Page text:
London – On April 20, 2022, a judge at London’s Westminster Magistrates Court formally approved Julian Assange’s extraction to the U.S. Wikileaks founder, Julian Assange is now looking at facing espionage charges in the U.S. However, after many years of legal wrangle, this order still has to be rubber-stamped by the United Kingdom Home Secretary, Preeti Patel. Will she place the final seal on Assange’s extradition?
Assange is wanted in the U.S. on 18 criminal charges after Wikileaks published thousands of classified documents along with diplomatic military cables in 2010. If convicted, Assange could face up to 175 years in prison.
Assange joined the hearing on Wednesday from a highly secured Belmarsh Prison in London and merely stated his name and age under oath. He has been placed at the Belmarsh Prison since he was pulled out of the Ecuadorian embassy in London, nearly three years ago.
The Extradition Hearings
Back in January 2021, a magistrates court ruled out the possibility of extradition calling it “oppressive,” given Assange’s mental health condition including mild autism. However, the High Court in the following months overturned this decision stating that if the U.S. government assured of Assange’s treatment, Assange could be extradited legally.
The courts demanded that the US government give an assurance that “Assange would not be made a subject of special administrative measures nor would he be held at a maximum-security prison before or after trial.”
Ironically, Wednesday’s order came one month after the United Kingdom Supreme Court rejected Assange’s request to appeal the high court’s decision. What will this mean for Assange? Does this completely exhaust all legal options for his defense, or does he still have a chance?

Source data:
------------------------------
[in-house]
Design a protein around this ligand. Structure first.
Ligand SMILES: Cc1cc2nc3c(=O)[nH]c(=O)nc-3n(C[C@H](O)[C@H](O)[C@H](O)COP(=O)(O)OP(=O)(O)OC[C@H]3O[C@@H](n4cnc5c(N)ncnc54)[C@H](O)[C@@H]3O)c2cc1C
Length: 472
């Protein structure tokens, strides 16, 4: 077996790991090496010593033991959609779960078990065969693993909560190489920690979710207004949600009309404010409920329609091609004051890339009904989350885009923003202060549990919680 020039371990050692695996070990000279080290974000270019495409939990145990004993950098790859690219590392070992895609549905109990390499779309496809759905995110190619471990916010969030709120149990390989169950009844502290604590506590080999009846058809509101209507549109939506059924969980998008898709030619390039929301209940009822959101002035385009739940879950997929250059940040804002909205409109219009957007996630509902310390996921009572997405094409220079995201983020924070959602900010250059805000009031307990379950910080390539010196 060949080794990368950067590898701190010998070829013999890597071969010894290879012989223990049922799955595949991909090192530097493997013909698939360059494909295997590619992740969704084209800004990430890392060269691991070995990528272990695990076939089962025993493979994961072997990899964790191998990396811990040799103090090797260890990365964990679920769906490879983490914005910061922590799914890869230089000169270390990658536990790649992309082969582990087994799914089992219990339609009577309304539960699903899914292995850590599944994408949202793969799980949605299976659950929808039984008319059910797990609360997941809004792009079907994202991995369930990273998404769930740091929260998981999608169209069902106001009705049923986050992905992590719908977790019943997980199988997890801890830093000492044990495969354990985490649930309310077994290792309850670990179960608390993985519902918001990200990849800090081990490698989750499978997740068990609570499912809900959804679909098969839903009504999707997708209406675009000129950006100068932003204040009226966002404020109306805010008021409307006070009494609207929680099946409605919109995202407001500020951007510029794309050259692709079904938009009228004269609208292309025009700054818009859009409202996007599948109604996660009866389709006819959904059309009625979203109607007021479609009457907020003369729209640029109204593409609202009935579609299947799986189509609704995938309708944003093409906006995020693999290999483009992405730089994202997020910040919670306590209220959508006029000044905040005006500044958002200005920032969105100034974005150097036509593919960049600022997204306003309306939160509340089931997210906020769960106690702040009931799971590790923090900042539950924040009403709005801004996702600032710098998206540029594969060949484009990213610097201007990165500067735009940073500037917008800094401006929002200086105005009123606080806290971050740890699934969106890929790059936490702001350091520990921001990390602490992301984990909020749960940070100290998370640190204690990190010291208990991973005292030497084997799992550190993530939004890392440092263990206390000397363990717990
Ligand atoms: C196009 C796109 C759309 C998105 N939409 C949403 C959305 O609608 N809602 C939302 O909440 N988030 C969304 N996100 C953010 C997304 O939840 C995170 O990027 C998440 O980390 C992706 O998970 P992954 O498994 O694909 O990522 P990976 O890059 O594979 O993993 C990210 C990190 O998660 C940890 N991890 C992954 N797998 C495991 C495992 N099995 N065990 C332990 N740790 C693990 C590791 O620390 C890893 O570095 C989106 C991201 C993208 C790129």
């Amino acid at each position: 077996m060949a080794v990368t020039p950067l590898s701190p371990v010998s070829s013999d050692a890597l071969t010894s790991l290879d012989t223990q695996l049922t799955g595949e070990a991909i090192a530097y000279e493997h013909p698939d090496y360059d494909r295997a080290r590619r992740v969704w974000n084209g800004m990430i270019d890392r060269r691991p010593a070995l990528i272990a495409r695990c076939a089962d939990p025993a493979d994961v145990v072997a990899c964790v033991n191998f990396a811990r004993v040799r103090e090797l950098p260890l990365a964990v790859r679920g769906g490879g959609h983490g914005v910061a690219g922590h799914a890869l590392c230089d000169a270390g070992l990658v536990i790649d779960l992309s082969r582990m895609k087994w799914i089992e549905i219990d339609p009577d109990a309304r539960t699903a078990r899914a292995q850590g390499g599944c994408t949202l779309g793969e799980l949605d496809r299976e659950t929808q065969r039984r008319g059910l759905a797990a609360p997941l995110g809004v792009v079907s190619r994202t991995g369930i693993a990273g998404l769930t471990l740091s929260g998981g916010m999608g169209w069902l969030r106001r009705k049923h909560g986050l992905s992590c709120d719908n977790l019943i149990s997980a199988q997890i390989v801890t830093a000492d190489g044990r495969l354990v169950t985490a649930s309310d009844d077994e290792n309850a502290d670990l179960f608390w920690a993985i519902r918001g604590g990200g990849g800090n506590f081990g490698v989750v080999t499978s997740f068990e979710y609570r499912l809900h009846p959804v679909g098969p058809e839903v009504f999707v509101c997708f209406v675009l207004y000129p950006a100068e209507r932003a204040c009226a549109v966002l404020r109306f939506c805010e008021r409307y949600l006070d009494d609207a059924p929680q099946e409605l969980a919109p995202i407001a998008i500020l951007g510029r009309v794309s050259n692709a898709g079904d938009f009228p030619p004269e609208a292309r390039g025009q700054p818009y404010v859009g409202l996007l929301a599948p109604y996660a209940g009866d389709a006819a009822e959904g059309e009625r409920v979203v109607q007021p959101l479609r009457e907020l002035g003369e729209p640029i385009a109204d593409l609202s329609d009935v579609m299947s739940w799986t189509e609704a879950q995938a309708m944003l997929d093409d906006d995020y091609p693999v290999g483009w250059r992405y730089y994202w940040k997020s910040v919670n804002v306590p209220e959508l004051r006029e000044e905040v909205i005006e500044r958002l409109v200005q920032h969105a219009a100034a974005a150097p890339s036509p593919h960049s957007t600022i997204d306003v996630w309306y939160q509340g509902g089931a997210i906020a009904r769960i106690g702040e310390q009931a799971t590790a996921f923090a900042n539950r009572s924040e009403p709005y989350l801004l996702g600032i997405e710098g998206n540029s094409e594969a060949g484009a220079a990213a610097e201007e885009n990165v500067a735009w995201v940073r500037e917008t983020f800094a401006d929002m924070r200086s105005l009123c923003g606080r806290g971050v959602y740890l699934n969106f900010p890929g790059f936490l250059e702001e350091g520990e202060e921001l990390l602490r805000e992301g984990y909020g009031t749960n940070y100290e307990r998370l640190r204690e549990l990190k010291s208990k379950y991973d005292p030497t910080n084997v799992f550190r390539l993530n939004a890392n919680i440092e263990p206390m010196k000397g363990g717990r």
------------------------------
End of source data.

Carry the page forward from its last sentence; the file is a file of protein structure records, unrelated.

The Current Affairs Times in an exclusive coverage analyzed the road ahead for Assange.
The Road Ahead For Assange.
A UK Home Secretary Office spokesperson confirmed to The Current Affairs Times that “The Court has today decided to send the case of Julian Assange to the Home Secretary for her decision on whether to order his extradition to the U.S. He is wanted in the U.S. to face charges relating to computer misuse and the unauthorized disclosure of national defense information.”
In an exclusive conversation, The Current Affairs Times was informed that UK Home Secretary, Ms. Preeti Patel has about two months to make a decision. The spokesperson said that from a legal standpoint, the home secretary may only consider the following four questions –
- Can the accused possibly face the death penalty?
- Are special arrangements with the requesting country? The specialty here means that “an extradited person may only be charged with the conduct specified in the extradition request.”
- Was the defendant previously extradited to the U.K.? If so, does the state which previously extradited the person in question consent to onward extradition?
- Was this person previously transferred to the U.K. by the International Criminal Court?
If none of the above provides grounds to refuse the request, the Home Secretary must order extradition.
Currently, there is not much ambiguity in terms of the above four requirements. However, Julian Assange’s legal and public relations team has a very different take on this.
Assange’s spokesperson informed The Current Affairs Times that Assange’s lawyers have a month to make further submissions to Ms. Patel. They will focus on his possible sentence and prison conditions in the U.S. “Appeals on other grounds such as political persecution can also be made to the high court. Assange intends to continue fighting for his freedom and his solicitors at Birnberg Peirce are working on this.”
Assange’s team believes that “there can be future appeals on certain grounds and if need be the case can be taken to the European Convention on Human Rights.”
Will Assange be extradited? If so, under what conditions? What new legal rules will journalists be required to follow when disclosing confidential information? Will Assange serve a life sentence in prison for leaking sensitive information, without proper authorization? An old idiom wisely cautioned Americans against unguarded talk; “Loose lips, sink ships.” Is the damage Assange has caused with his mouth enough to merit life imprisonment?
Thumbnail Credits: Getty Images
Editorial Credits: Adelola Tinubu